In an outcome-based economy the customer’s experience becomes the focus of the production process. But if a new product can achieve the same experience as an older model, where does that leave innovation?
Author | Copperberg
According to IFS global industry director for service management Mark Brewer, innovation becomes even more essential, even if it’s driven in different ways.
“Rather than restricting innovation, the manufacturer is induced to continually reflect on how the product is behaving in the field,” Brewer explains on the sideline of Aftermarket 2018. “A combination of both consumers and industry are driving innovation. Organisations are being flexible to adapt to the expectations of millennials, generation X and so forth.”
Brewer has spent his 20-plus year career in presales, product management, business development marketing and he criss-crosses the world representing IFS at trade shows and winning business for the Sweden-based software developer.
While the service industry is undergoing a transformation that’s putting the focus on experiences and outcomes rather than product manufacturing, Brewer says innovation will come in the form of better, more cost effective, ways to provide those experiences.
Earlier, he explained the concept to to dozens of delegates at the Berlin event using the example of Philips. The Dutch electrical giant used to sell tens of thousands of light bulbs to Amsterdam’s Schphol Airport. Now, he explained, it no longer sells bulbs – instead it provides a contract that will ensure the facility’s lights never go out.
“When you take ownership of the outcome, sure it turns the model on its head but in that example they want to minimise the amount of product they shift because it’s all coming off the profit margin of their contract,” he explains.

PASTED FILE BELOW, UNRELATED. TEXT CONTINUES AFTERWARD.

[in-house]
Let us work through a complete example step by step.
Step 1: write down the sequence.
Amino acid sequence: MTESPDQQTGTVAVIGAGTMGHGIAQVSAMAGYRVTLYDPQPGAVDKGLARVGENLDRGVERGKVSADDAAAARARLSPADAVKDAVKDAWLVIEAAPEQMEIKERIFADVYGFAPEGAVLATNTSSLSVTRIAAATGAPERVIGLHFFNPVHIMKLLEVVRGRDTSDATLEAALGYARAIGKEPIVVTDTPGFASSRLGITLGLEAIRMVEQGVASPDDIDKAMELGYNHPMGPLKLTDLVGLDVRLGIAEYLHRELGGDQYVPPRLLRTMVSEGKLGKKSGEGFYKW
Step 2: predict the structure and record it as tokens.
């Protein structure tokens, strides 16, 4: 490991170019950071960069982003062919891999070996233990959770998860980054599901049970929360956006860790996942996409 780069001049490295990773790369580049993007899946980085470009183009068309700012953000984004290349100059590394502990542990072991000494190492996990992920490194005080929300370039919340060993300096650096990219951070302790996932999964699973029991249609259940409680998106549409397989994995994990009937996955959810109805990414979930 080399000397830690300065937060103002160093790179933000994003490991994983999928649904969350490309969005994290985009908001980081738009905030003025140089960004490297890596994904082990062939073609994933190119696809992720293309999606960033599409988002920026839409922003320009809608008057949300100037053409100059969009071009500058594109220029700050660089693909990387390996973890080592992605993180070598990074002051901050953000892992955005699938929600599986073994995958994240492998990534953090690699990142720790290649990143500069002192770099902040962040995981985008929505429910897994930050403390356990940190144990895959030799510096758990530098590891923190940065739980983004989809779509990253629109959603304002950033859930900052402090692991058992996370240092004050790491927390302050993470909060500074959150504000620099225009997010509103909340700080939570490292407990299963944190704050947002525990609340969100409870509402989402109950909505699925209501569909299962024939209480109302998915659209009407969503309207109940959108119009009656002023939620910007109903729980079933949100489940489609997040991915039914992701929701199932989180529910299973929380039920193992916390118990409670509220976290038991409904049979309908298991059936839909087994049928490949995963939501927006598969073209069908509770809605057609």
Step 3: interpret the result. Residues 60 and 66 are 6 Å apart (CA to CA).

“Likewise they are going to great lengths to optimise the number of visits they make — so they intelligently combine visits. If they’re going to do an overhaul of certain sections of the airport, they pull all the near-term jobs into the same routine and send one team in one hit. It’s a win-win because the customer doesn’t want engineers swapping things out everyday.”
In his presentation Brewer said research showed companies could earn $12 in product servicing contracts for every $1 earned in product sales. BMW, he pointed out, earned 12% margins on the sale of each car but 65% on provision of services for each of those cars.
“Service traditionally has been underinvested,” he told delegates. “That golden goose hasn’t been mined very well – but that’s changing.”
Driving that change is technology, he explains later. “Digital twinning”, in which manufacturers track the performance and condition of their products in the field via inbuilt monitors, has the potential to revolutionise the service industry.
“For the first time, the customer is no longer the sensor to say, for instance, that an elevator is broken; the machine is the sensor now,” Brewer says. “When a company sends a product out they never lose sight of it.
“With IoT and the leveraging of all their product information in the form of CAD, they can see how their products are performing. More interestingly, they can see the features that customers are using and not using. In that way they can see where they’ve overengineered the product and can defeature to reduce costs by taking things away.”
The end result is innovation targeted at creating better customer experiences. More and more, that will come in the form of software upgrades.
“It doesn’t mean we have to reflect hardware changes to reflect innovation and change,” he explains. “The Tesla gets its upgrade at the click of a button and GE today employs more software engineers than hardware engineers.”